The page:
Accident victim has powerful message

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By The Staff

HEBRON ESTATES - The words were, at times, a bit difficult to understand.

But the message delivered by Brandon Silveria was crystal clear.

“You have to take responsibility for the choices you make,” said Brandon Silveria.

A star athlete who had a rowing scholarship to Boston College awaiting him made a decision close to his California home that would change his life, and the lives of others, forever.

Instead of rowing, playing football or surfing, Brandon is taking his message to high school students across the country.

Ant that message is clear - make the right choice.

With the assistance of The Century Council, a non-profit organization devoted to raise awareness to the dangers of drinking alcohol, Brandon and his father, Tony, brought their presentation to Bullitt East, Bullitt Central and North Bullitt seniors last week.

At the age of 17, Brandon had just dropped off his friends from a party. He had only two beers and home wasn’t far away. Besides, he was an invincible teenager.

Brandon would not reach his home that night. In fact, he spent the next couple of years in hospitals and rehabilitation facilities.

He suffered violent head injuries and was in a coma for three months after his car struck the tree. It would be another three years in rehabilitation.

“I had the world at my fingertips,” Brandon told the hushed group of seniors at North Bullitt. “It changed the course of my life.”

He said peer pressure is enormous but a person must stand strong and not give in.

Brandon said he had to learn everything over again - including swallowing, walking and talking.

“I made bad choices due to peer pressure,” said Brandon.

Featured on a segment of Rescue 911, emergency workers and doctors talked about how close Brandon was to death and that some doubted whether he would live and what type of life he might have if he did survive.

Since 1995, Brandon and his father have been on the road telling the story to over two million people.

“I hope to God you never have to go through what I’ve been through,” said Brandon. “Take one look at me and ask if it is worth one or two beers.”

Before ending the presentation, Tony Silveria congratulated the seniors on the upcoming graduation.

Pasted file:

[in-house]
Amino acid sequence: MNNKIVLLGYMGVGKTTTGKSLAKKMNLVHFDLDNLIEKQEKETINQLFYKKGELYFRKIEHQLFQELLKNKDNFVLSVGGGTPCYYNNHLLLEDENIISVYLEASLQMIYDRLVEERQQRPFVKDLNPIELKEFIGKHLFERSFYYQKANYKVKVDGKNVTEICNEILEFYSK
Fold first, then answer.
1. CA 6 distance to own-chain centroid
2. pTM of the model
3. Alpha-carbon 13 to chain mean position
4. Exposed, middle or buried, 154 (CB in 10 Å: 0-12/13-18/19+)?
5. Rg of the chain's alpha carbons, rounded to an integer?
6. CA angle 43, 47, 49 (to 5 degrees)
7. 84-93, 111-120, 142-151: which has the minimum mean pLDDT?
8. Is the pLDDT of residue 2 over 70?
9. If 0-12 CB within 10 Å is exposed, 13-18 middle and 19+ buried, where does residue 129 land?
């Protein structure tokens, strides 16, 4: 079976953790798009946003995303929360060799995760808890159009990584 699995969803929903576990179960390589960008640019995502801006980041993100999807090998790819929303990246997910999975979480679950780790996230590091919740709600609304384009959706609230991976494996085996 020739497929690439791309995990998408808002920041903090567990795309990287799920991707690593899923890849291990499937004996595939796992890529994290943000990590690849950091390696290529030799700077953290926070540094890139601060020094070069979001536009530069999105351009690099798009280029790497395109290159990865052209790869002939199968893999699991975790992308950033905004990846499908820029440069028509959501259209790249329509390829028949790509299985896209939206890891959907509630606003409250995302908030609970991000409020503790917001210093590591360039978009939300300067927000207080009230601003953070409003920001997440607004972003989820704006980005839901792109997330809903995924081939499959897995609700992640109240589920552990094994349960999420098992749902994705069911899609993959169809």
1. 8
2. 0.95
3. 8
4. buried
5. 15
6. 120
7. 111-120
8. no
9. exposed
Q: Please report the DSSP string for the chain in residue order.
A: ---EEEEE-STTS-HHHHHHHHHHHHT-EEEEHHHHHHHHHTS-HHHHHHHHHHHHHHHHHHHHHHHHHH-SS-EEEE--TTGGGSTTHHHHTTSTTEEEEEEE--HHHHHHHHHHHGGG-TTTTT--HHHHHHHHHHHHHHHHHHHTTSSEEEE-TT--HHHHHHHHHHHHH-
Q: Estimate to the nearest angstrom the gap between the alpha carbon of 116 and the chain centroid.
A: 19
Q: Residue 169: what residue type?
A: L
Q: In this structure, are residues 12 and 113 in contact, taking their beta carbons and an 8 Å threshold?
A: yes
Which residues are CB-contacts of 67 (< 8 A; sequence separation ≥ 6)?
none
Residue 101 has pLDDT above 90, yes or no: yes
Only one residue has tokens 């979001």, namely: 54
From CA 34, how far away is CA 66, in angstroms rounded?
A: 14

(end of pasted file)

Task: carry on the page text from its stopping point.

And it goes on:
“You’ve worked hard to get to this pointing your life,” said Tony Silveria.

But he warned them to listen closely to his son’s message. Good friends will stop friends from driving if they have been drinking.

If you don’t, he said you might be regretting that decision for years, which happened to one of his son’s friends.

The magnitude of the decision his son made that night has affected everyone.

From the physical standpoint, Brandon will continue to struggle. He can’t get his GED because the memory portion of his brain doesn’t function that well. Brandon gets frustrated with his speak.

Walking is difficult and he suffers from seizures, said his father.

From the family’s standpoint, such a tragic accident will destroy 70 percent of families. Financially, over $5 million in medical bills have been accumulated.

“It takes one bad decision to screw it up,” said Tony. “It is real.”

He told the guys that they didn’t have to drink to impress their girlfriends. And he told the girls that they have powers over their boyfriends and they should make sure they tell them that drinking is not necessary to impress them.

“Peer pressure often dictates the choices you make without even thinking,” he said. “You can disagree with one another and still be friends. Friends will step up when friends have too much to drink.”

His son made a choice which was illegal. Brandon is not a hero, said Tony.

But he is courageous enough to take his message and his story to others across the nation.

Parents don’t talk to their children enough. Tony said they must tell them that they love them.

Most importantly, Tony and Brandon Silveria agreed that everyone must “make good choices.”